The so-called Bermuda Triangle is an enduring mystery and allegedly one of the most paranormal places on Earth. The myth of the Bermuda Triangle began the early 1950s when an article published in the Miami Herald described several ships and planes which were thought to have gone missing around the supposed mystery spot. Shortly thereafter, more anecdotes began circulating about mysterious disappearances of planes and ships in the roughly triangular region between Florida, Bermuda, and Puerto Rico. It wasn't long before the idea of the Bermuda Triangle became entrenched in popular culture.
While the existence of such an anomaly is still a matter of debate and vehemently refuted by scientists, belief the Bermuda Triangle still persists in many circles. Recent announcements by the European Space Agency concerning satellite blackouts near the Bermuda Triangle certainly add fuel to the speculative fire, while scientists and laymen alike seem to constantly search for and announce new theories about the mysterious zone. Now, new claims made about the Bermuda Triangle have gone viral, prompting skeptics everywhere to wring their hands in collective frustration about the persistence of belief in the “Devil’s Triangle.”
According to Randy Cerveny, a “scientist” working for the cable TV network The Science Channel, the cause of the mysterious disappearances is a rare and possibly new atmospheric phenomenon he’s calling “air bombs.” In the Science Channel’s documentary about these air bombs, Cerveny claims that rare hexagonal voids in clouds seen in satellite imagery imply the presence of a form of localized sky-to-ground turbulence that can create powerful bursts of air capable of knocking planes out of the air or capsizing even the largest ships:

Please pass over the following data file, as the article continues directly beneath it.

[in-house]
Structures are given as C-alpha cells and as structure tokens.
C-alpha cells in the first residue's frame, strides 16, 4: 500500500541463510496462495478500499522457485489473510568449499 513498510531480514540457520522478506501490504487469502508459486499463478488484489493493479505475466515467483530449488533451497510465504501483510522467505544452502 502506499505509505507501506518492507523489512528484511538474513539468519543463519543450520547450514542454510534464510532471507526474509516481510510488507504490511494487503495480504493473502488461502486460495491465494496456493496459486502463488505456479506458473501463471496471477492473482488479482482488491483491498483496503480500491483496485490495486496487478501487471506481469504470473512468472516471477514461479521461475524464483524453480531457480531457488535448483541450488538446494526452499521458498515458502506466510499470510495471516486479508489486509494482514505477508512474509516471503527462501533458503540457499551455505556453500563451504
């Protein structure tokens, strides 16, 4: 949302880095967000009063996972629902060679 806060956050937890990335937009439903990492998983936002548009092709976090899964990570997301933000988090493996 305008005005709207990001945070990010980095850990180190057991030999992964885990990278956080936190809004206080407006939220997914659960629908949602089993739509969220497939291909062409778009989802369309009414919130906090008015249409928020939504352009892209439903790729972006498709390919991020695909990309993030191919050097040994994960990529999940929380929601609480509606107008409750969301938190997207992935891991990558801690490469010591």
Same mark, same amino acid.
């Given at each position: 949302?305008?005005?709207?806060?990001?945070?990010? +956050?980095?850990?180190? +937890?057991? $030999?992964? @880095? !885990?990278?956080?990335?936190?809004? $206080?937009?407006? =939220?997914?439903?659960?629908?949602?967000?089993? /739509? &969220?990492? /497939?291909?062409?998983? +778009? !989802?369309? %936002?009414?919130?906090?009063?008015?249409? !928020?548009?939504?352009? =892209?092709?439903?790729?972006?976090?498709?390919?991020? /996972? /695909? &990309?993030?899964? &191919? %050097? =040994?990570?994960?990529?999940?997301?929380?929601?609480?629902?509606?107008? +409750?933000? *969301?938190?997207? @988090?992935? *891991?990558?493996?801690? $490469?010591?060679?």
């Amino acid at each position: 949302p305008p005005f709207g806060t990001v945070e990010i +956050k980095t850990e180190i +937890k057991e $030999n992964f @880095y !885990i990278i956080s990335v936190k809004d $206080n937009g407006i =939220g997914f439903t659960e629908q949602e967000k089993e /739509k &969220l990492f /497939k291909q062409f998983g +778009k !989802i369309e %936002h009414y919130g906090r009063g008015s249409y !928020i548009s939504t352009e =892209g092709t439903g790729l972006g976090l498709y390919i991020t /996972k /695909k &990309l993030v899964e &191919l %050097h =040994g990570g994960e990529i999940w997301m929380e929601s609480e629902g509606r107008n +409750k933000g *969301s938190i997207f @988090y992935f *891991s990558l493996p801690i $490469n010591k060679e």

These types of hexagonal shapes over the ocean are in essence air bombs. They are formed by what are called microbursts and they’re blasts of air that come down out of the bottom of a cloud and then hit the ocean and then create waves that can sometimes be massive in size and they start to interact with each other.
Of course, these claims have already been hotly disputed. For one, meteorologists have pointed out that these types of hexagonal clouds are not unique to the Bermuda Triangle. Furthermore, many science news outlets are dismissing the claims altogether based on the simple fact that the Bermuda Triangle likely doesn’t exist at all. Still, these hexagonal clouds usually do imply strong localized wind patterns, and that much can’t be discounted. Whether or not this theory pans out to have any legitimacy is yet to be seen. Same goes for the “Science” Channel.